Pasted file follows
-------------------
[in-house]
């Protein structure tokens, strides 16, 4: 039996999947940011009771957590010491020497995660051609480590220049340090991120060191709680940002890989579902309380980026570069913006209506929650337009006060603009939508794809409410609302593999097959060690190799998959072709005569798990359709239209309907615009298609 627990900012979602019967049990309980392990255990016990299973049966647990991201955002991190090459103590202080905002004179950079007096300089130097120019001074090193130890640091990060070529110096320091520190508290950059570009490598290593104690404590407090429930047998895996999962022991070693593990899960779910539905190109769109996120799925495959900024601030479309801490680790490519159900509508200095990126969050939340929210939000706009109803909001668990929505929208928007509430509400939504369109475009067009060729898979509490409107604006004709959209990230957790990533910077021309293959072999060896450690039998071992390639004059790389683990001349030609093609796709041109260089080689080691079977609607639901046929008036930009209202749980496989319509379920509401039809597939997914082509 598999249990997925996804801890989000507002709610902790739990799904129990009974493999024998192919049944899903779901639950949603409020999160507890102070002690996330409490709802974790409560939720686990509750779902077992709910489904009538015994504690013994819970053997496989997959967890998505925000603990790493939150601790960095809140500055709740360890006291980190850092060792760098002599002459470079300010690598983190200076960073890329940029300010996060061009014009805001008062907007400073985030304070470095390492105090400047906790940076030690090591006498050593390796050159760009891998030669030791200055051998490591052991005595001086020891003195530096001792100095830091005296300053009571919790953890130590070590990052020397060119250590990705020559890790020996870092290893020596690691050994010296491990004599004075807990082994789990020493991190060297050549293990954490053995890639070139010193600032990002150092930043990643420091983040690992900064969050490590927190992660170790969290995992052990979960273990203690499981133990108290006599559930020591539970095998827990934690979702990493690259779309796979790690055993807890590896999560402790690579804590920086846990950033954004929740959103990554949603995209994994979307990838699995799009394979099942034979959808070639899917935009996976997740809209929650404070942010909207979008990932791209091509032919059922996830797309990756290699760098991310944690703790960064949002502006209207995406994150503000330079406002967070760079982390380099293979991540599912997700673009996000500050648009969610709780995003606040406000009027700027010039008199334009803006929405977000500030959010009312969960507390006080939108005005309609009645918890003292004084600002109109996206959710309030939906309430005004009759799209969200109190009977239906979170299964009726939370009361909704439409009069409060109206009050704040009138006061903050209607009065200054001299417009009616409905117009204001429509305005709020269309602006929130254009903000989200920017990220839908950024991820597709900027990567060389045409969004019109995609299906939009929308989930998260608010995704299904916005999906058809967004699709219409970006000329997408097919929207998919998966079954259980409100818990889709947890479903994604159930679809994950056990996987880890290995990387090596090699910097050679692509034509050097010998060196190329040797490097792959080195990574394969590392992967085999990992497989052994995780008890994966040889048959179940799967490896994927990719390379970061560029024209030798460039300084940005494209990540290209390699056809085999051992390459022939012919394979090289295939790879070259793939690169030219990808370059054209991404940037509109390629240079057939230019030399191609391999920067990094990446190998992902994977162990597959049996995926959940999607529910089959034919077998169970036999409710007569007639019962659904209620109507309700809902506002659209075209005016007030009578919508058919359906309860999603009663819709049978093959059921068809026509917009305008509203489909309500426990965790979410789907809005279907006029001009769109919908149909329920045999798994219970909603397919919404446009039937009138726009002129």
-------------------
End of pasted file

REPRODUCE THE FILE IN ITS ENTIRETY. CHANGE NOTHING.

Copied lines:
[in-house]
């Protein structure tokens, strides 16, 4: 039996999947940011009771957590010491020497995660051609480590220049340090991120060191709680940002890989579902309380980026570069913006209506929650337009006060603009939508794809409410609302593999097959060690190799998959072709005569798990359709239209309907615009298609 627990900012979602019967049990309980392990255990016990299973049966647990991201955002991190090459103590202080905002004179950079007096300089130097120019001074090193130890640091990060070529110096320091520190508290950059570009490598290593104690404590407090429930047998895996999962022991070693593990899960779910539905190109769109996120799925495959900024601030479309801490680790490519159900509508200095990126969050939340929210939000706009109803909001668990929505929208928007509430509400939504369109475009067009060729898979509490409107604006004709959209990230957790990533910077021309293959072999060896450690039998071992390639004059790389683990001349030609093609796709041109260089080689080691079977609607639901046929008036930009209202749980496989319509379920509401039809597939997914082509 598999249990997925996804801890989000507002709610902790739990799904129990009974493999024998192919049944899903779901639950949603409020999160507890102070002690996330409490709802974790409560939720686990509750779902077992709910489904009538015994504690013994819970053997496989997959967890998505925000603990790493939150601790960095809140500055709740360890006291980190850092060792760098002599002459470079300010690598983190200076960073890329940029300010996060061009014009805001008062907007400073985030304070470095390492105090400047906790940076030690090591006498050593390796050159760009891998030669030791200055051998490591052991005595001086020891003195530096001792100095830091005296300053009571919790953890130590070590990052020397060119250590990705020559890790020996870092290893020596690691050994010296491990004599004075807990082994789990020493991190060297050549293990954490053995890639070139010193600032990002150092930043990643420091983040690992900064969050490590927190992660170790969290995992052990979960273990203690499981133990108290006599559930020591539970095998827990934690979702990493690259779309796979790690055993807890590896999560402790690579804590920086846990950033954004929740959103990554949603995209994994979307990838699995799009394979099942034979959808070639899917935009996976997740809209929650404070942010909207979008990932791209091509032919059922996830797309990756290699760098991310944690703790960064949002502006209207995406994150503000330079406002967070760079982390380099293979991540599912997700673009996000500050648009969610709780995003606040406000009027700027010039008199334009803006929405977000500030959010009312969960507390006080939108005005309609009645918890003292004084600002109109996206959710309030939906309430005004009759799209969200109190009977239906979170299964009726939370009361909704439409009069409060109206009050704040009138006061903050209607009065200054001299417009009616409905117009204001429509305005709020269309602006929130254009903000989200920017990220839908950024991820597709900027990567060389045409969004019109995609299906939009929308989930998260608010995704299904916005999906058809967004699709219409970006000329997408097919929207998919998966079954259980409100818990889709947890479903994604159930679809994950056990996987880890290995990387090596090699910097050679692509034509050097010998060196190329040797490097792959080195990574394969590392992967085999990992497989052994995780008890994966040889048959179940799967490896994927990719390379970061560029024209030798460039300084940005494209990540290209390699056809085999051992390459022939012919394979090289295939790879070259793939690169030219990808370059054209991404940037509109390629240079057939230019030399191609391999920067990094990446190998992902994977162990597959049996995926959940999607529910089959034919077998169970036999409710007569007639019962659904209620109507309700809902506002659209075209005016007030009578919508058919359906309860999603009663819709049978093959059921068809026509917009305008509203489909309500426990965790979410789907809005279907006029001009769109919908149909329920045999798994219970909603397919919404446009039937009138726009002129």